Vermont has not benefited from a formal statewide moth survey. Instead, this atlas draws on more than 100 years worth of recorded observations, including a new wave of backyard moth watching.

The spark for this atlas was a landmark publication published in 1995 -- Moths and Butterflies of Vermont: A Faunal Checklist. With hundreds of new moth species documented in Vermont thanks to the tireless efforts of both professional and amateur lepidopterists, it is time for a place to tally all of our results.

The 1995 landmark publication Moths and Butterflies of Vermont: A Faunal Checklist. Click on the cover to download a PDF.

The Vermont Atlas of Life, with the aid of many volunteers across Vermont, has been mapping moth distribution and phenology one photo-observation at a time. Since 2013, biologists and naturalists have contributed moth observations to the Vermont Atlas of Life on iNaturalist. Many of us turn on special lights in our backyards on summer nights to find hundreds of moths and other insects gathering on white sheets, hunt fields and forest for day-flying moths, and place rotten fruit bait out to attract other moths. Many of these moths can be identified from good photographs (although some are impossible without dissection and examination under a microscope). With today’s amazing digital photography technology, coupled with the newer Peterson’s Field Guide to Northeastern Moths and web sites like iNaturalistBugGuideMoth Photographers Group, or Moths of Eastern North America Facebook Group, moth watching (aka mothing) has become increasingly popular.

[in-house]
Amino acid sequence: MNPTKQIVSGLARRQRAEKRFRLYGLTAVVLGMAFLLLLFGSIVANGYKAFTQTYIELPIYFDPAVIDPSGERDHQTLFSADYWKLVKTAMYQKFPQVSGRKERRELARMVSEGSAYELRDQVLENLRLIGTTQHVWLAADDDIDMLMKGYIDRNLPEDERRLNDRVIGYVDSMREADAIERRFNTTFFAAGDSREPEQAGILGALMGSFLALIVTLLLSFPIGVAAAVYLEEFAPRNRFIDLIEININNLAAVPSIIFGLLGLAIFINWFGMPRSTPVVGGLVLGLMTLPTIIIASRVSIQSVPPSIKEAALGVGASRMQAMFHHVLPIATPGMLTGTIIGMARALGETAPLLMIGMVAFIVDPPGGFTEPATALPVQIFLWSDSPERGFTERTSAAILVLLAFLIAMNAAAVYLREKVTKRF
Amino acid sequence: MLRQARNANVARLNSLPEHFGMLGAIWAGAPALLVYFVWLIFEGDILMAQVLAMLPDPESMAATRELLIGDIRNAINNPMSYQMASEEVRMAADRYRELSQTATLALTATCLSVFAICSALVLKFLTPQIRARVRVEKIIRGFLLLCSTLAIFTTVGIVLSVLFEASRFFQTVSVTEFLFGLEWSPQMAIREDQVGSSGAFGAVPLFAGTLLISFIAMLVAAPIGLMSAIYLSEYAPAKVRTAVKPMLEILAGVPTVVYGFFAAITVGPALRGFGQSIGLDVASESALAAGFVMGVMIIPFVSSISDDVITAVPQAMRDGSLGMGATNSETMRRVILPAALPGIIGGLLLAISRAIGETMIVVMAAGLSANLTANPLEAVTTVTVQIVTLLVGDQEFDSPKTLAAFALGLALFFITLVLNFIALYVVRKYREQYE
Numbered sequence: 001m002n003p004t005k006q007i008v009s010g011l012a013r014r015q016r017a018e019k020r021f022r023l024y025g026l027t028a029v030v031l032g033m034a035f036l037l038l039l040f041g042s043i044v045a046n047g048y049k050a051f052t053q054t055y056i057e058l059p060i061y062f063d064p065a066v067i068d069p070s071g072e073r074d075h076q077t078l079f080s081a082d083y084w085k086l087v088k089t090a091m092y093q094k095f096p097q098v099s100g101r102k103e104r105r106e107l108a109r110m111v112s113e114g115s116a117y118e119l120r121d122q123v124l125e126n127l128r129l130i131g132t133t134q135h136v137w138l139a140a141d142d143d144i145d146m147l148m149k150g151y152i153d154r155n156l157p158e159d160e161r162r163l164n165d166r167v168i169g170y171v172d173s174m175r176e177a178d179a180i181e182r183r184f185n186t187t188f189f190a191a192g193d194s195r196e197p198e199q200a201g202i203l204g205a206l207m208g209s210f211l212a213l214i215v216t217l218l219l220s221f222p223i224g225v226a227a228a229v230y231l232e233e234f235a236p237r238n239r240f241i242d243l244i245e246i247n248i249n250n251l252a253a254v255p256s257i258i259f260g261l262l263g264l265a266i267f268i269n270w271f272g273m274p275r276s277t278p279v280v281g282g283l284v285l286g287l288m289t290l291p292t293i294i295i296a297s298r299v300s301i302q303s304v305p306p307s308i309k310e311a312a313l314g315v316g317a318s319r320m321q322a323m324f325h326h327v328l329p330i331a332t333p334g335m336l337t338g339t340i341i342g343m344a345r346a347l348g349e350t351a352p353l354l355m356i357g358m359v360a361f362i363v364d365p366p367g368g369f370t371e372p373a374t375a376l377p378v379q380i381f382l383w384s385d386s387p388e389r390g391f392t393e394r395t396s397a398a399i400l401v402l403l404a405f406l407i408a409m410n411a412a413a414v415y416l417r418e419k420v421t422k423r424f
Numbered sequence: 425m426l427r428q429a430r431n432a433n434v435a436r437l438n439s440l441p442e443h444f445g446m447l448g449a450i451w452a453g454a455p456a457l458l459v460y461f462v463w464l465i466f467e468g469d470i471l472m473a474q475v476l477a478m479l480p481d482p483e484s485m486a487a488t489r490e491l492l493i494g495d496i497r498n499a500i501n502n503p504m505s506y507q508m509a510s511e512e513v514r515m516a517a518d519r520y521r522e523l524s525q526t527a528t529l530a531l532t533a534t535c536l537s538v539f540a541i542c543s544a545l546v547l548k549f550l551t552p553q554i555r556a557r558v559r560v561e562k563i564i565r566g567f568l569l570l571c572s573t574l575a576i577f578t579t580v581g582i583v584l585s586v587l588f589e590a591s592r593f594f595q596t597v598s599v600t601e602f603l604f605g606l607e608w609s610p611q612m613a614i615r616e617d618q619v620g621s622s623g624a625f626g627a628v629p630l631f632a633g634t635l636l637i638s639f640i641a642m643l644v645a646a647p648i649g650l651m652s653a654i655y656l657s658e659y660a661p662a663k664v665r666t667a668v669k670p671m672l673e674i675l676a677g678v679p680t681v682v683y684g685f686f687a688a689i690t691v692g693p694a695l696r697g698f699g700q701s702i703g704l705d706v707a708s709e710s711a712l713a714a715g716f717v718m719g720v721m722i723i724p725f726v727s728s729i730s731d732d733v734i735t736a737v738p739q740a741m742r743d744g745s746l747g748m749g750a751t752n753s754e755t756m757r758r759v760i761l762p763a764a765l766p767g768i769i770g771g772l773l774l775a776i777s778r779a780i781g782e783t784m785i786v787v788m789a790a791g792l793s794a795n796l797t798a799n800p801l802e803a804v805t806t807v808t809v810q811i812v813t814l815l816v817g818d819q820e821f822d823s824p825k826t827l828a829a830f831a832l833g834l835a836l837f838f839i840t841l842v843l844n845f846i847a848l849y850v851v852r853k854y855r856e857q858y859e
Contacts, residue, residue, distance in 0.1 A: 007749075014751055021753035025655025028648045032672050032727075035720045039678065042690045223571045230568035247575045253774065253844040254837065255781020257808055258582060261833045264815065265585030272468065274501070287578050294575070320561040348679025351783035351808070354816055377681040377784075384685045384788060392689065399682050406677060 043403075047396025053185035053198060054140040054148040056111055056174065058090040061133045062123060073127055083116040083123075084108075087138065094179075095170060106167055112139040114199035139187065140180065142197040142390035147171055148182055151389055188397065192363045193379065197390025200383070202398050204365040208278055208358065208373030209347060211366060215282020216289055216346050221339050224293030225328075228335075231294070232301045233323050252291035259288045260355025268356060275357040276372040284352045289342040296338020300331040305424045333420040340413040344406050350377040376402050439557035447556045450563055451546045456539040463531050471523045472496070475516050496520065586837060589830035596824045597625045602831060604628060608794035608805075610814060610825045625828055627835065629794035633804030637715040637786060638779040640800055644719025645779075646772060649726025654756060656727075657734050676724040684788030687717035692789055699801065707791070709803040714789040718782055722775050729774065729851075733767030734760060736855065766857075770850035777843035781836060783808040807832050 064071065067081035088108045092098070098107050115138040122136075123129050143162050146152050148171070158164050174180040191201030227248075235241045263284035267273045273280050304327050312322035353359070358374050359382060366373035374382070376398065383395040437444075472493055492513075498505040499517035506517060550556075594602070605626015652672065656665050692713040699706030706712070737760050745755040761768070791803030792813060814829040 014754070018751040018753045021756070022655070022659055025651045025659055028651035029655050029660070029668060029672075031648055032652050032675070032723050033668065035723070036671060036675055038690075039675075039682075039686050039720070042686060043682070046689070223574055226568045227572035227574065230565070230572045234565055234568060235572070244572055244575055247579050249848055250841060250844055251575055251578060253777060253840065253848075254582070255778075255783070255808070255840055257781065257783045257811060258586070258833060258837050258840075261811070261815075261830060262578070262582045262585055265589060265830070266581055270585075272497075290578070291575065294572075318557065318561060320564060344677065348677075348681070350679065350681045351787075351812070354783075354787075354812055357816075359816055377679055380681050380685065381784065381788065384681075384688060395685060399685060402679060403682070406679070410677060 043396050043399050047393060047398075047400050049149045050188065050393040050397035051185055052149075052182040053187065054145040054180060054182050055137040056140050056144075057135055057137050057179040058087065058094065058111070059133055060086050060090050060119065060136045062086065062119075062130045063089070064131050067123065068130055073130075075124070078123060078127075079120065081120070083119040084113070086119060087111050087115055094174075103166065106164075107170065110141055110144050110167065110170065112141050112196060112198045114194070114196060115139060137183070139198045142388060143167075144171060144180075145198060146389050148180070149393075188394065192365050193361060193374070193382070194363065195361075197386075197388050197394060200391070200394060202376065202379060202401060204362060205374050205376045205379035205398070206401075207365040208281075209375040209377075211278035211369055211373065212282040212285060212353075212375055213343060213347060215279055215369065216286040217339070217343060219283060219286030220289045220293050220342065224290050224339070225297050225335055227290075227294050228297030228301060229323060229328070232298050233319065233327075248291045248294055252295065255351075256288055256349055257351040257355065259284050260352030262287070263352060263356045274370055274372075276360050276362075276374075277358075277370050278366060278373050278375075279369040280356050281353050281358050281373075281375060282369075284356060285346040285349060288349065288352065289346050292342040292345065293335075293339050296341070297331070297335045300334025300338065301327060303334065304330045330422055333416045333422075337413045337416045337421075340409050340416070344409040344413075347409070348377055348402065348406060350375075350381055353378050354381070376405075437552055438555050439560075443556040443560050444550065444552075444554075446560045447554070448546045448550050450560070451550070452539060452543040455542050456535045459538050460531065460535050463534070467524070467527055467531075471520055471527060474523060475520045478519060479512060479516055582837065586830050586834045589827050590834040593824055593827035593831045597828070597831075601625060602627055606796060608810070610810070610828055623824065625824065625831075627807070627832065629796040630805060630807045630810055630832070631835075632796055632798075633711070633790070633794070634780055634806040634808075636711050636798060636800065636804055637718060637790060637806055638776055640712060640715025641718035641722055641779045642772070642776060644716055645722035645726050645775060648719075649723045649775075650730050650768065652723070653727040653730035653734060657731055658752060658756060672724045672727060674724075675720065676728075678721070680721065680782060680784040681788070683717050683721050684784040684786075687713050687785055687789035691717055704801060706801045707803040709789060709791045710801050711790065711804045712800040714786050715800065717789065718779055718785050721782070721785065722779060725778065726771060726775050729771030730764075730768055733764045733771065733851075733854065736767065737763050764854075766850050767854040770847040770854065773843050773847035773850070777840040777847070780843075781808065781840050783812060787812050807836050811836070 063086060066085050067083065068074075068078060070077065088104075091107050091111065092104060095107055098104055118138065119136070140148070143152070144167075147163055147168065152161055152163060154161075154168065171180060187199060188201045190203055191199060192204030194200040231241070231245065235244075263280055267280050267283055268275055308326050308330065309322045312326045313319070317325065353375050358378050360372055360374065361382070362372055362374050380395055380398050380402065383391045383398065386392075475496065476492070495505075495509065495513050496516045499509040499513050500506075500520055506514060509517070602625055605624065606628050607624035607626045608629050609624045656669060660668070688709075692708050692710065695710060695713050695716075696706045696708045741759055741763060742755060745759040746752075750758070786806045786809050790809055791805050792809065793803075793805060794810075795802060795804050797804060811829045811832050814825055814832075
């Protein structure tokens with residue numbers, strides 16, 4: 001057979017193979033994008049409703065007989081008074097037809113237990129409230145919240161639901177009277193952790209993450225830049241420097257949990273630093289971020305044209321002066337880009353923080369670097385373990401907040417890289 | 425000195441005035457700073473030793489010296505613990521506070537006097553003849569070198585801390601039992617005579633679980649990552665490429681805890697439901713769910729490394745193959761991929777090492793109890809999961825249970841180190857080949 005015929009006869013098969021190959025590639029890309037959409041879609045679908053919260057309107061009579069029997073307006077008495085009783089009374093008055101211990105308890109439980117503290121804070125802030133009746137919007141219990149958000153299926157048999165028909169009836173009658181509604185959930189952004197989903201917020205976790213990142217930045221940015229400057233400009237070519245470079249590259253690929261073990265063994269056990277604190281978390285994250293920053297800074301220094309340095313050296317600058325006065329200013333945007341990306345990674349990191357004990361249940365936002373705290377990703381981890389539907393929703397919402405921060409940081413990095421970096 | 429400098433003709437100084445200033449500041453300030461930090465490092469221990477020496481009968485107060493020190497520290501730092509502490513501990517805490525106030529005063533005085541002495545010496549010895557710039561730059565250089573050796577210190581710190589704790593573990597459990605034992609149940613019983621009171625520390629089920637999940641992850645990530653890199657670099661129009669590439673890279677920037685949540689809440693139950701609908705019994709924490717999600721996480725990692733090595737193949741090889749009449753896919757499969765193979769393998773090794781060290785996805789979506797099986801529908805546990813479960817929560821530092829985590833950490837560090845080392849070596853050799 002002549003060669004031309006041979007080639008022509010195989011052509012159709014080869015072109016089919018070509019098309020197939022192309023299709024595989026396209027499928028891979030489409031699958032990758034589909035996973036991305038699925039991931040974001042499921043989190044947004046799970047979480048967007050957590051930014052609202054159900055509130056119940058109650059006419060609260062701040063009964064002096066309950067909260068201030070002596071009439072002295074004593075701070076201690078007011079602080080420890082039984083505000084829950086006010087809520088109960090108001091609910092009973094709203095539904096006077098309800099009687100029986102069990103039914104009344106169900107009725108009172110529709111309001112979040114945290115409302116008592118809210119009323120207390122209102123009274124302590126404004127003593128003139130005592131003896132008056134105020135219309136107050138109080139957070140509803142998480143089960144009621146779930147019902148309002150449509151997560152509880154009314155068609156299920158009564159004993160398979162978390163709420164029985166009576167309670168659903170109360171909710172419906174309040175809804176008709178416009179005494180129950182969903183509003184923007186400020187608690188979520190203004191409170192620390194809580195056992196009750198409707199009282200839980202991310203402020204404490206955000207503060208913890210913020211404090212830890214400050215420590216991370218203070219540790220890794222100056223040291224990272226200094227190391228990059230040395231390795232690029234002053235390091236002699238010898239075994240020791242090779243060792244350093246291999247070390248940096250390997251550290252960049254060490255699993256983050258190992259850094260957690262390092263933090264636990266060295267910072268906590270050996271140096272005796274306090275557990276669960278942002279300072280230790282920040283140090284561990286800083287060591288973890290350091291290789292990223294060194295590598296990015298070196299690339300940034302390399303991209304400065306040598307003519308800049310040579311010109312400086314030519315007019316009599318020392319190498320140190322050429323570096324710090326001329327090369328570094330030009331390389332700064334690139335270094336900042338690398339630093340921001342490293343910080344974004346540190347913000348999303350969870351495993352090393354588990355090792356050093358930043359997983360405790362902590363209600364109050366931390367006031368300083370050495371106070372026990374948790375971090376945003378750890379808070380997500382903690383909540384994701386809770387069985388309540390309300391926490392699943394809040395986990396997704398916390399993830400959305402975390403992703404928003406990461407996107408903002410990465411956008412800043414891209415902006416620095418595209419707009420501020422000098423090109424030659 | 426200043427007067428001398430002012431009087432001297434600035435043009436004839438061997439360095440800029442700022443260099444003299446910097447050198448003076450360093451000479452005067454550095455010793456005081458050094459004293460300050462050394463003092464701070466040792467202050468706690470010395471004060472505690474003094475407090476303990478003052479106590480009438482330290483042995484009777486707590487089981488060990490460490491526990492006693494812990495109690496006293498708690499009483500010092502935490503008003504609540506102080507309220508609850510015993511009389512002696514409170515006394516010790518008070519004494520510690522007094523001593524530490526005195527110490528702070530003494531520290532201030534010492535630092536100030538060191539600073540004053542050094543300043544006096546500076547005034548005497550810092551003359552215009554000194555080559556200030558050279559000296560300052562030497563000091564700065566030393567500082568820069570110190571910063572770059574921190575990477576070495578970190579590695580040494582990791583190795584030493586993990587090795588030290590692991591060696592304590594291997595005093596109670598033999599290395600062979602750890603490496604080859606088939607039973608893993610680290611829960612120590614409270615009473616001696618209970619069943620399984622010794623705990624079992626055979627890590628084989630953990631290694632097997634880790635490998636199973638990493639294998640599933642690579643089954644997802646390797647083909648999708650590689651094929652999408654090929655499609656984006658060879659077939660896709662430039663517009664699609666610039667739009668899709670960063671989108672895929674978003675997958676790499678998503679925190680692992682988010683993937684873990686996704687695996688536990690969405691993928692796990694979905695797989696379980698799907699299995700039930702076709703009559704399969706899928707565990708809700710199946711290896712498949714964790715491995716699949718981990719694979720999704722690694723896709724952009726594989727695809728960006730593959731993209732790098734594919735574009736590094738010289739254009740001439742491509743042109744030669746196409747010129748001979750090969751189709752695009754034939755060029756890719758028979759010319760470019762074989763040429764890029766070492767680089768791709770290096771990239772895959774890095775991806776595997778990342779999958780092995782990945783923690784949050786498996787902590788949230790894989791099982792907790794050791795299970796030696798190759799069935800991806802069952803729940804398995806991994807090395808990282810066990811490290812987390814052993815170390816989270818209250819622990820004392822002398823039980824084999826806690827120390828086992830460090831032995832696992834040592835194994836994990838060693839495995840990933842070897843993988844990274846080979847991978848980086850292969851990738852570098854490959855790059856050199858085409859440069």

Two amazing naturalists, Laura Gaudette and JoAnne Russo, have become moth fanatics and experts over the years and have been leading the charge here in Vermont in documenting moths and encouraging others. Earlier this year, they created a collection project that automatically gathers and presents all Vermont moth data from iNaturalist in one easy place – Vermont Moths on iNaturalist. If you put a moth record in the Vermont Atlas of Life project on iNaturalist, or anywhere in iNaturalist – Vermont Moths will tally it.

We invite you to join the Vermont Atlas of Life and the Vermont Moth collection project on iNaturalist and contribute your observations too. Or just visit to see what are the top observed species, who has the most observations or the most species. Also check out the map to find areas that are under-reported. Vermont has an incredible diversity of moths and an incredible group of iNaturalist citizen scientists!